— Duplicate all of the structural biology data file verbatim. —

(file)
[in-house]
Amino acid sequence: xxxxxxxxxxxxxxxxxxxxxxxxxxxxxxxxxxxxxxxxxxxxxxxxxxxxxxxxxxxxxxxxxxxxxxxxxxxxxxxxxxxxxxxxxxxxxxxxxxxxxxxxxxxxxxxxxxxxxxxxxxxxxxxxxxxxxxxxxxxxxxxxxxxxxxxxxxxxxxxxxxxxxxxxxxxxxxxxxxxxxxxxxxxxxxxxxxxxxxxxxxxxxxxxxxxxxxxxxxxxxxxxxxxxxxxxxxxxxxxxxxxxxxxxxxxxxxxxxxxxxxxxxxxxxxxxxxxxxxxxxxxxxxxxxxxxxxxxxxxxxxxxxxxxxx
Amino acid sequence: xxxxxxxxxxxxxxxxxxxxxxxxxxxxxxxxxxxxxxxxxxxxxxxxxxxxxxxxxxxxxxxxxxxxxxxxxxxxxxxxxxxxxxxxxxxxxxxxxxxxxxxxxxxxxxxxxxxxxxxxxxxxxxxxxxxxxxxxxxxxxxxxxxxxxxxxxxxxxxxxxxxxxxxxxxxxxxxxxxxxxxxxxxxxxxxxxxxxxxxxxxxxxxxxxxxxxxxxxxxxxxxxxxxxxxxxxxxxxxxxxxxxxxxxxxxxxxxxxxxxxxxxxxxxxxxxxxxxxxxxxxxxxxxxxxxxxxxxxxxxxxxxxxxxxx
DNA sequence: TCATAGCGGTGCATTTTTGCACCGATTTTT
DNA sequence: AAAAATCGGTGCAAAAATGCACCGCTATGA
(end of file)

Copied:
[in-house]
Amino acid sequence: xxxxxxxxxxxxxxxxxxxxxxxxxxxxxxxxxxxxxxxxxxxxxxxxxxxxxxxxxxxxxxxxxxxxxxxxxxxxxxxxxxxxxxxxxxxxxxxxxxxxxxxxxxxxxxxxxxxxxxxxxxxxxxxxxxxxxxxxxxxxxxxxxxxxxxxxxxxxxxxxxxxxxxxxxxxxxxxxxxxxxxxxxxxxxxxxxxxxxxxxxxxxxxxxxxxxxxxxxxxxxxxxxxxxxxxxxxxxxxxxxxxxxxxxxxxxxxxxxxxxxxxxxxxxxxxxxxxxxxxxxxxxxxxxxxxxxxxxxxxxxxxxxxxxxx
Amino acid sequence: xxxxxxxxxxxxxxxxxxxxxxxxxxxxxxxxxxxxxxxxxxxxxxxxxxxxxxxxxxxxxxxxxxxxxxxxxxxxxxxxxxxxxxxxxxxxxxxxxxxxxxxxxxxxxxxxxxxxxxxxxxxxxxxxxxxxxxxxxxxxxxxxxxxxxxxxxxxxxxxxxxxxxxxxxxxxxxxxxxxxxxxxxxxxxxxxxxxxxxxxxxxxxxxxxxxxxxxxxxxxxxxxxxxxxxxxxxxxxxxxxxxxxxxxxxxxxxxxxxxxxxxxxxxxxxxxxxxxxxxxxxxxxxxxxxxxxxxxxxxxxxxxxxxxxx
DNA sequence: TCATAGCGGTGCATTTTTGCACCGATTTTT
DNA sequence: AAAAATCGGTGCAAAAATGCACCGCTATGA